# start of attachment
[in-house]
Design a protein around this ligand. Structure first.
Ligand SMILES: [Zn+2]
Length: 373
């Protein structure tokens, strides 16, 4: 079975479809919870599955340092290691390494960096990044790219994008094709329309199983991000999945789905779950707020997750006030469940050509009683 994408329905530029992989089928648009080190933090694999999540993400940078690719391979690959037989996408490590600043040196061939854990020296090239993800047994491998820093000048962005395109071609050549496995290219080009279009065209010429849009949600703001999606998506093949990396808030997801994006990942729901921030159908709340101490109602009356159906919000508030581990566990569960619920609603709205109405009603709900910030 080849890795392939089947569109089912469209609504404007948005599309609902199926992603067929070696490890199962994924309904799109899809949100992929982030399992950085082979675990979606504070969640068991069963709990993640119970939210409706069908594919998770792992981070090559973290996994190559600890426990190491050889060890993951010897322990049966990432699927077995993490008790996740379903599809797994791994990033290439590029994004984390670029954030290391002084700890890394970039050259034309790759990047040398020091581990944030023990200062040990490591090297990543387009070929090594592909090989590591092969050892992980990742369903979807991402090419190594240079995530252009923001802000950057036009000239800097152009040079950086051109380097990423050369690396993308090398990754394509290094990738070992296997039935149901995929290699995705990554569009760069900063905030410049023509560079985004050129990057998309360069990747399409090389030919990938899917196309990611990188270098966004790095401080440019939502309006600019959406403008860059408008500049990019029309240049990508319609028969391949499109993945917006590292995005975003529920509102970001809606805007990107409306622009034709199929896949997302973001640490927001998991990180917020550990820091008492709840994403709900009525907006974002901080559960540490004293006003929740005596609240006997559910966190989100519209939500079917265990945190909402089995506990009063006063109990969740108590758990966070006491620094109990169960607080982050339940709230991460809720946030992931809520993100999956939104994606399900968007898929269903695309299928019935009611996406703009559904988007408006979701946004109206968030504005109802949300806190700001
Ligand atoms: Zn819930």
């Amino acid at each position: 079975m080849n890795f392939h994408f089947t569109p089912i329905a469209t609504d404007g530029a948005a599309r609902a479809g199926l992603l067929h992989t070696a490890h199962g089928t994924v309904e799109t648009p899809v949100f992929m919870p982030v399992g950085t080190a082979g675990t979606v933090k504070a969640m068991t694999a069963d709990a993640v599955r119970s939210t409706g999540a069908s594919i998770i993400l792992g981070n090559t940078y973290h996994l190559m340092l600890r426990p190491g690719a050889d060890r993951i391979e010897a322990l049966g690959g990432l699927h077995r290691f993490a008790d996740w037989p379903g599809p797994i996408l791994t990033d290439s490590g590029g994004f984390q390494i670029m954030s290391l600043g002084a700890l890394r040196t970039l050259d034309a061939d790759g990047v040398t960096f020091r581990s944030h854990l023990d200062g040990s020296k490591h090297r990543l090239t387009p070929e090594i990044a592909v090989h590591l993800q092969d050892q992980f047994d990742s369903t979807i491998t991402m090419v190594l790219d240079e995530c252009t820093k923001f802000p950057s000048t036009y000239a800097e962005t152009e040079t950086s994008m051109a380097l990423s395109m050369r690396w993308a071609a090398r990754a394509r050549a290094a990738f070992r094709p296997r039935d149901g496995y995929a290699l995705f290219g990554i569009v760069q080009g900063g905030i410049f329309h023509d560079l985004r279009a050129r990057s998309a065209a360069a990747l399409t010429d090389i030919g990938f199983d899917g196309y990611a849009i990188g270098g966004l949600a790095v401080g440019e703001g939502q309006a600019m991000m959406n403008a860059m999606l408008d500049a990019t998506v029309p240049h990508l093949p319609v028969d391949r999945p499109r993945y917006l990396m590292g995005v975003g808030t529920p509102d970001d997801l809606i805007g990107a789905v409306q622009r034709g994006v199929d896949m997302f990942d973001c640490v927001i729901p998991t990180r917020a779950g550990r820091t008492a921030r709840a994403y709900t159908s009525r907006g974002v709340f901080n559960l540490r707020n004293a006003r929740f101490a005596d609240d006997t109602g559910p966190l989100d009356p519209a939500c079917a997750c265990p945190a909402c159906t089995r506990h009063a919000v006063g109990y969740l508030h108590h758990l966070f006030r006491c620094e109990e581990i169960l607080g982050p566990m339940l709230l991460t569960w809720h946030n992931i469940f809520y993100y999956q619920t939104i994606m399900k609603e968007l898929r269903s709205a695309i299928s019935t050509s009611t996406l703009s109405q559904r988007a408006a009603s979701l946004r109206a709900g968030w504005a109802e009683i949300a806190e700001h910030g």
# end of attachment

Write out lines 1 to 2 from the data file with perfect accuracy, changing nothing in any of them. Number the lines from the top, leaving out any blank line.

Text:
[in-house]
Design a protein around this ligand. Structure first.